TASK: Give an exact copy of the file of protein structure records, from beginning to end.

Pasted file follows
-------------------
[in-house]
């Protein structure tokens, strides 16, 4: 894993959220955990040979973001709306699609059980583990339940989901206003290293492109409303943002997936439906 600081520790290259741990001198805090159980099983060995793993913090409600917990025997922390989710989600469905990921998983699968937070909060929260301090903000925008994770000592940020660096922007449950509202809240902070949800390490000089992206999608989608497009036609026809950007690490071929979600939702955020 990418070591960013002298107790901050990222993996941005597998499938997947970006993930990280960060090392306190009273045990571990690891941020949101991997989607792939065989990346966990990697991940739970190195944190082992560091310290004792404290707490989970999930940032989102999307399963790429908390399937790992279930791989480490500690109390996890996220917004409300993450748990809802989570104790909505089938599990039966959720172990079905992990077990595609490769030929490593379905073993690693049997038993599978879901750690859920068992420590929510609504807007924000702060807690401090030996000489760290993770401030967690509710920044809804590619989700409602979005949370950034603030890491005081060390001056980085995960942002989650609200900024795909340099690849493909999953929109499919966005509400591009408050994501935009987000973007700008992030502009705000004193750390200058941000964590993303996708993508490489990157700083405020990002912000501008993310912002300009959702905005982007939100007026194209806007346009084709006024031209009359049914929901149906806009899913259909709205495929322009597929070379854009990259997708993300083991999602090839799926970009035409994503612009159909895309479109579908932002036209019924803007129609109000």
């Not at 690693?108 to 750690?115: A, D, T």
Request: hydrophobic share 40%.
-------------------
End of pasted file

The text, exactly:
[in-house]
């Protein structure tokens, strides 16, 4: 894993959220955990040979973001709306699609059980583990339940989901206003290293492109409303943002997936439906 600081520790290259741990001198805090159980099983060995793993913090409600917990025997922390989710989600469905990921998983699968937070909060929260301090903000925008994770000592940020660096922007449950509202809240902070949800390490000089992206999608989608497009036609026809950007690490071929979600939702955020 990418070591960013002298107790901050990222993996941005597998499938997947970006993930990280960060090392306190009273045990571990690891941020949101991997989607792939065989990346966990990697991940739970190195944190082992560091310290004792404290707490989970999930940032989102999307399963790429908390399937790992279930791989480490500690109390996890996220917004409300993450748990809802989570104790909505089938599990039966959720172990079905992990077990595609490769030929490593379905073993690693049997038993599978879901750690859920068992420590929510609504807007924000702060807690401090030996000489760290993770401030967690509710920044809804590619989700409602979005949370950034603030890491005081060390001056980085995960942002989650609200900024795909340099690849493909999953929109499919966005509400591009408050994501935009987000973007700008992030502009705000004193750390200058941000964590993303996708993508490489990157700083405020990002912000501008993310912002300009959702905005982007939100007026194209806007346009084709006024031209009359049914929901149906806009899913259909709205495929322009597929070379854009990259997708993300083991999602090839799926970009035409994503612009159909895309479109579908932002036209019924803007129609109000």
């Not at 690693?108 to 750690?115: A, D, T």
Request: hydrophobic share 40%.